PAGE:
(If you’re new to the IWSG and/or are looking for more information, including a complete list of participants, please click on the above link.)

This month’s awesome co-hosts are Susan Baury Rouchard, Nancy Gideon, Jennifer Lane, Jennifer Hawes, Chemist Ken, and Chrys Fey!

This month’s (optional) question asks, “Have you ever written a piece that became a form, or even a genre, you hadn’t planned on writing in? Or do you choose a form/genre in advance?

But I’m taking a pass on the question today because I’m pleased to be participating in a bloghop celebrating the release of a brand-new book from which any struggling writer could benefit. It’s really perfect for the IWSG, and I’m not just saying that because I’m a super fan of its author, Chrys Fey.

But before we get into the details of the book itself (or if you’d rather not wait, just scroll down a little…), we were asked to share our own stories and struggles with writer’s block and/or depression and/or burnout and what we did or are currently doing to heal.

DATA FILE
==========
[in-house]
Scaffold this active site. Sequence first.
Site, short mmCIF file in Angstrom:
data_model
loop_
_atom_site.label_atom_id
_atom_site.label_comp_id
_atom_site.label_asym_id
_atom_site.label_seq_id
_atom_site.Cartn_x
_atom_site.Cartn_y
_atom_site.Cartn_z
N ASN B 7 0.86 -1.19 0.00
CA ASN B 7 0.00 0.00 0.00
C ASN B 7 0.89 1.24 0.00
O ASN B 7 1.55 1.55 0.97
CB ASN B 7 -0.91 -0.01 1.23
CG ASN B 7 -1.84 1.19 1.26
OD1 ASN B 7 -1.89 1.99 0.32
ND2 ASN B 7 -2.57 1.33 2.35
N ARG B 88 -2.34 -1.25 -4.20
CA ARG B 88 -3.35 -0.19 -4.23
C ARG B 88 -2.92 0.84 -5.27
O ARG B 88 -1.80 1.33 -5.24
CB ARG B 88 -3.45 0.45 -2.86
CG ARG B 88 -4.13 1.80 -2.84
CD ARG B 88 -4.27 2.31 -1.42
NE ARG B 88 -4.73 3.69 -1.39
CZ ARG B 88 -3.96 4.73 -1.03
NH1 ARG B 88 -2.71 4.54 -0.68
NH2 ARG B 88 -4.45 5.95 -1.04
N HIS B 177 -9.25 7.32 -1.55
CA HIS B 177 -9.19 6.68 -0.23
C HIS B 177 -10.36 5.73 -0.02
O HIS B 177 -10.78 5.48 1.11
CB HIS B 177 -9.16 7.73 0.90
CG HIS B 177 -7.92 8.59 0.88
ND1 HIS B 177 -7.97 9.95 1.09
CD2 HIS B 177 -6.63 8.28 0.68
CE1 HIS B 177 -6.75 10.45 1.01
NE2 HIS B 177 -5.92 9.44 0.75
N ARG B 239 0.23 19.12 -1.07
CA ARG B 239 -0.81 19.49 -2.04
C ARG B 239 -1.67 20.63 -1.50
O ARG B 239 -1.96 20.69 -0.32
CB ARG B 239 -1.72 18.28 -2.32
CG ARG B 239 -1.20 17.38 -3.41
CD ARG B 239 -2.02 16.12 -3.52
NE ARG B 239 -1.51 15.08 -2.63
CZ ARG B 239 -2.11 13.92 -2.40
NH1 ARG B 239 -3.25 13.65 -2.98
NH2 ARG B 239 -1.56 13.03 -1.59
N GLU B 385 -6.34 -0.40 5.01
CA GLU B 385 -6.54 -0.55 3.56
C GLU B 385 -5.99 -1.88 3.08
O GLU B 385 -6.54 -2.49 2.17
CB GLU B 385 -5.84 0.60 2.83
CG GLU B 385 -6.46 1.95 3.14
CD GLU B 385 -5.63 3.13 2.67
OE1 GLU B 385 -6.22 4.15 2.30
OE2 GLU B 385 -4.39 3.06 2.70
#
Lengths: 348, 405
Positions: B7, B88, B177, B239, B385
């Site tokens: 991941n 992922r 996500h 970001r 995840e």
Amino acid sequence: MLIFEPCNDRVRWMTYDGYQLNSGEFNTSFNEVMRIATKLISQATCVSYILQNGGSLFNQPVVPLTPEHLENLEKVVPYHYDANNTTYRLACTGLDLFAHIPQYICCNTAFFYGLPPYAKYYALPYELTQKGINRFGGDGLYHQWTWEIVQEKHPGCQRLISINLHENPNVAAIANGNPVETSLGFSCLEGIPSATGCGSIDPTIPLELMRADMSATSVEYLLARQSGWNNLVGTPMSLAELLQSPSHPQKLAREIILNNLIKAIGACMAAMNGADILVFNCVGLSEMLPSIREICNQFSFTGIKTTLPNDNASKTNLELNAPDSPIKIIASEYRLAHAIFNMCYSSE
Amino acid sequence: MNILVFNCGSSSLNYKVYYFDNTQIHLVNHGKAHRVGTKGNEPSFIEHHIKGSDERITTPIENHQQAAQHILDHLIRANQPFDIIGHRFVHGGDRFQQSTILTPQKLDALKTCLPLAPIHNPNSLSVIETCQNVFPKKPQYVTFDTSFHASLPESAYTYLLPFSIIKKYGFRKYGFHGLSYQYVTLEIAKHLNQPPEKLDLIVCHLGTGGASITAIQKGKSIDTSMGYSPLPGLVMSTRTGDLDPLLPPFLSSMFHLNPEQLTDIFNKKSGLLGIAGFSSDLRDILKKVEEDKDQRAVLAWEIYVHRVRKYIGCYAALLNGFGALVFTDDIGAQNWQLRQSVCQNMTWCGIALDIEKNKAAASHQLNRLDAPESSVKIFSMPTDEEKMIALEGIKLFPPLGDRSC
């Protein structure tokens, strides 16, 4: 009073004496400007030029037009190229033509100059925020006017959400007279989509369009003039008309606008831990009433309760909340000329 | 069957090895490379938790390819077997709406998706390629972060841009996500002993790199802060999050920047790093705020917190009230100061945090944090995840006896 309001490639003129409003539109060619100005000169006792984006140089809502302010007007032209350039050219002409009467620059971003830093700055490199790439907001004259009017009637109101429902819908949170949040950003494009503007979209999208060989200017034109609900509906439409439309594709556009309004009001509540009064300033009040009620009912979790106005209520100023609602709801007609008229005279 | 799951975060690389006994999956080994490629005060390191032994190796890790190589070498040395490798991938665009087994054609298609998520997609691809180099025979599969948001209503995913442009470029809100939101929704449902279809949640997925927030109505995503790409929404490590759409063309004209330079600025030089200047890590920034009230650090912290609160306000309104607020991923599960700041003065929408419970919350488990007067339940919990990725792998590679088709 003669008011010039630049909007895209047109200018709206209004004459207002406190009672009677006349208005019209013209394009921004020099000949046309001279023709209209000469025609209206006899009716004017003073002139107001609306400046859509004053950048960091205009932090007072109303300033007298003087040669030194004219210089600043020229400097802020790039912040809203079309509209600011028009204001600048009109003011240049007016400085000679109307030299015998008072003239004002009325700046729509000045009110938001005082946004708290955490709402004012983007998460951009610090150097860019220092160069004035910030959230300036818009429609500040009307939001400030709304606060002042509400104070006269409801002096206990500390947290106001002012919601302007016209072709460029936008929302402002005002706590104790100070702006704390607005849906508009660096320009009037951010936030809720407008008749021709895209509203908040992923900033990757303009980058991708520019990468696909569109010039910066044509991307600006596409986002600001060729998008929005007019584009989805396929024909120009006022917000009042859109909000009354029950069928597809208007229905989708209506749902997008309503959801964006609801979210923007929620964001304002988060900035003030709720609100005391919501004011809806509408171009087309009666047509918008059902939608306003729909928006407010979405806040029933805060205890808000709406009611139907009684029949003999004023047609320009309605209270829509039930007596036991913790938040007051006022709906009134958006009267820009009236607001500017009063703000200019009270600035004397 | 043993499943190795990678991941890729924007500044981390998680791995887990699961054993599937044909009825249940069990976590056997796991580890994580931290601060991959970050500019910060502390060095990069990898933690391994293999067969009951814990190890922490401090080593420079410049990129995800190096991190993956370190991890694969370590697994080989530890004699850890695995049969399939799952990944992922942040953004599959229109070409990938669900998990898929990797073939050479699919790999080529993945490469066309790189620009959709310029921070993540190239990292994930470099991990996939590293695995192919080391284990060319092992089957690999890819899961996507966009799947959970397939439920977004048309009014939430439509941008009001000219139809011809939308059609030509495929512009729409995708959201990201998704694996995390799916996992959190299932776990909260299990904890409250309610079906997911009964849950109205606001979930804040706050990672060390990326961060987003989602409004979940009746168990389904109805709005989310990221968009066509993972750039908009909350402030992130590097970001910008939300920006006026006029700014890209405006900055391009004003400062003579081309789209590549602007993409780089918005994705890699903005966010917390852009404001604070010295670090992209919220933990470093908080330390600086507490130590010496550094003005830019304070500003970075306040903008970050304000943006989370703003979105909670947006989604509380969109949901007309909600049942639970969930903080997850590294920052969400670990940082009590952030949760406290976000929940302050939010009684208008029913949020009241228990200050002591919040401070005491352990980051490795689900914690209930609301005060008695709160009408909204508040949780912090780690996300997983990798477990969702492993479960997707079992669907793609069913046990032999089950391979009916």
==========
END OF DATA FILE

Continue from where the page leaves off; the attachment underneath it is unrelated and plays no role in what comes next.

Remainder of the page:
So I’ve been trying to figure out how to approach this post since I signed up to participate. Me talking about my feelings in any sort of detail always leads me to feel worse about myself than I already do. And when you feel awful about yourself every minute of every day anyway, you’re never that eager to add to that.

But, as I mentioned earlier, I admire the hell out of Chrys (seriously, y’all, she’s a rock star), so I wanted to try. (Yes, there is such a thing as try, Yoda. Suck it.)

It’s no secret that I have been in a funk for…a good long time now. I don’t even know when it started. It’s been so long that it feels like it’s always been this way. And maybe it has. Again, I don’t know. I do know things got worse last year (I’m not going into the reasons why), which was a surprise because I honestly didn’t think I could feel worse about myself than I already did.